Seeing Long-Form Post Success On Google+, Facebook Raises Character Limit By 1100%
The Google+ vs Facebook competition keeps getting fiercer. Yesterday Facebook announced that the post character limit would increase by 1100% to more than 60,000 characters. Why “more than” 60,000 you may ask? Facebook software engineer Bob Baldwin explains:
I set the exact limit to something nerdy. Facebook … Face Boo K … hex(FACE) – K … 64206 – 1000 = 63206 :-)
Facebook further went on to note that the average novel is about 5,000,000 characters, which can now be spread out in just 9 posts.
Long, Like Google+
Facebook hasn’t been taking the emergence of Google+ lightly, and this is just another example of Facebook fighting back.
Once Google+ launched, Facebook quickly retaliated with enhancements including video chat via Skype, smart lists and subscribe functionality.
Now that Facebook “subscribe” is available, this character limit increase makes sense as users can now follow people as well as brands.
One item that some bloggers enjoyed about Google+ was its ability to act as a microblog. Some folks like Kevin Rose think that Google+ could replace blogging as is provides better feedback and engagement.
Now Facebook is looking to attack this Google+ strength.
Status Update Size Growth
Since expansion of Facebook in October of 2005 the character limit for posts was 160 characters.
In 2009 Facebook implemented a 420 character maximum which didn’t move an ounce until the announcement of Google+.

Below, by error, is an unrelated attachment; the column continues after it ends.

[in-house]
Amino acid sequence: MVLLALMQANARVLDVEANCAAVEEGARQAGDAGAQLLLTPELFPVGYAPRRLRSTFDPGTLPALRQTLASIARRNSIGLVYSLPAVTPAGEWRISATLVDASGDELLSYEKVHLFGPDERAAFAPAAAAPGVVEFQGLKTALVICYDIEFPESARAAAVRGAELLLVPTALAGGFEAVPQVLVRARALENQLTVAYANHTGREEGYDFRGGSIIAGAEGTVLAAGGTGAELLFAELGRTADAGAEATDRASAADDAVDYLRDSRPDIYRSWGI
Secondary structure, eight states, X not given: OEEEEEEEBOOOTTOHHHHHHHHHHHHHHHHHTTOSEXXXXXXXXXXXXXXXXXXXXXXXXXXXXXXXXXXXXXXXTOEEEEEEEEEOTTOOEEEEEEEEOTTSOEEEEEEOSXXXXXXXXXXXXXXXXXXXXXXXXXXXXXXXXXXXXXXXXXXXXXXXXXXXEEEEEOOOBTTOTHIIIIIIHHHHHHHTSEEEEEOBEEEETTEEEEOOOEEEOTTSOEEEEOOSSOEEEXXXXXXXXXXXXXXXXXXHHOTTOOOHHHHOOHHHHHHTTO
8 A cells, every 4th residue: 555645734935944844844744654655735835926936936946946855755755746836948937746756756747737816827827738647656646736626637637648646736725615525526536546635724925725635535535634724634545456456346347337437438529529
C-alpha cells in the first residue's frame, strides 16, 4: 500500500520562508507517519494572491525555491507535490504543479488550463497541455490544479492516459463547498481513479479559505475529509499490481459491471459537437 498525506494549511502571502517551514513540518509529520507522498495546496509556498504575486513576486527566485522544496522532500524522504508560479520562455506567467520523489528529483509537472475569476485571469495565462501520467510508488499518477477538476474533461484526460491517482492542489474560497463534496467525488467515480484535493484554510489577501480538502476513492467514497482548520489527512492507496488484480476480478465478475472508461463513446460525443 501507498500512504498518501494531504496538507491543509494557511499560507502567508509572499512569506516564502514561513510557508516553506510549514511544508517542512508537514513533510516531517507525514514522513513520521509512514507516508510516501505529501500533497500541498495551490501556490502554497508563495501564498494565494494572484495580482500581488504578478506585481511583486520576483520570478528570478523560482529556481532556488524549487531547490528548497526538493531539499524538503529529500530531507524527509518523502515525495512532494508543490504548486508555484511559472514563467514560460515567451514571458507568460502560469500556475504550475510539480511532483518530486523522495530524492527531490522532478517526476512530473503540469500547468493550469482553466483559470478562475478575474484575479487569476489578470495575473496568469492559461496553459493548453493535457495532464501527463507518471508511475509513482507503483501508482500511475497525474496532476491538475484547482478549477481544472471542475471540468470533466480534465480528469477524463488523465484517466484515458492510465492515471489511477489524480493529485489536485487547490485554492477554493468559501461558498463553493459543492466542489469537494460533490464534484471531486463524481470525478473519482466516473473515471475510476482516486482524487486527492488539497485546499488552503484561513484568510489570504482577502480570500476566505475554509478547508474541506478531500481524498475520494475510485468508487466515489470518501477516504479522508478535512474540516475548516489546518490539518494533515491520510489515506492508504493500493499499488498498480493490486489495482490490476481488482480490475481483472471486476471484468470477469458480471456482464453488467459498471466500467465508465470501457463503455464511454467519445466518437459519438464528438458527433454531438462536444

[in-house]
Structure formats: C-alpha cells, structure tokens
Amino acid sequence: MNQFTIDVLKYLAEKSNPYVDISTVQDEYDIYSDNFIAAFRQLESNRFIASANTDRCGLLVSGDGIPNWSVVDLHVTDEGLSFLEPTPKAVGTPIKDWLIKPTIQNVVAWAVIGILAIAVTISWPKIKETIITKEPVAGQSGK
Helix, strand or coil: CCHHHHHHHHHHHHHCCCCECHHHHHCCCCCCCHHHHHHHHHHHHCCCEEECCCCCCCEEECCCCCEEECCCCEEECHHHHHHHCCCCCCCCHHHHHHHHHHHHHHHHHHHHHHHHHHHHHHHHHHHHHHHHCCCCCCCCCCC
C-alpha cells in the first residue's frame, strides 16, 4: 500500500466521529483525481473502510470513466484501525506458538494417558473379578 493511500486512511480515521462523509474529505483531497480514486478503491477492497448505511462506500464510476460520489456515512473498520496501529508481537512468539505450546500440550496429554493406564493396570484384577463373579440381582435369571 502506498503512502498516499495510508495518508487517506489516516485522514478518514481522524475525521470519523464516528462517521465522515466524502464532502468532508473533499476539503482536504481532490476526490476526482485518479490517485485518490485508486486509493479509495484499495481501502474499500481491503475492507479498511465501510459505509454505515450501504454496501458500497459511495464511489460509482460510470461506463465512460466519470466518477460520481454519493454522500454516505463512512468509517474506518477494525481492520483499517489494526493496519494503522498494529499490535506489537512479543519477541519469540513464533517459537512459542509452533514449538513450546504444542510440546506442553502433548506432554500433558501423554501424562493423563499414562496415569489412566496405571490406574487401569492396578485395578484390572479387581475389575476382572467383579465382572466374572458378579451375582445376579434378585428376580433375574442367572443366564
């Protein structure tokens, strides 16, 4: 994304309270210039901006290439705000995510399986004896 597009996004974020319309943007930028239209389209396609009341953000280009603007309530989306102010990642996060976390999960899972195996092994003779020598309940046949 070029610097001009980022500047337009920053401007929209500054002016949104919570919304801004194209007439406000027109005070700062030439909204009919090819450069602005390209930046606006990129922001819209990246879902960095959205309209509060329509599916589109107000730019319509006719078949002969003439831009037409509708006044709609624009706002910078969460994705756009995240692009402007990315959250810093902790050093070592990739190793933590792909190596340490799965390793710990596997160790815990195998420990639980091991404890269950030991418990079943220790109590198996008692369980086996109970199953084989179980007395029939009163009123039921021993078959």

Google+ was announced at the end of June and there was slight uptick in the Facebook allotment (500 characters) in July.
After seeing initial Google+ success, Facebook made a large move to 5,000 characters in September. This recent move to more than 60,000 comes close to the Google+maximum character limit which is approximately 100,000 characters.
This change mitigates the long-form Google+ advantage and adds value to Facebook “subscribes.” Will this help to hold off Google+? Will more people start using Facebook instead of blogs or tumblr? Only time will tell. One thing is certain, you’ll be seeing “See More” showing up a lot more in your stream.
For more info, see the Facebook + Journalists page.
Some opinions expressed in this article may be those of a guest author and not necessarily Marketing Land. Staff authors are listed here.
(Some images used under license from Shutterstock.com.)
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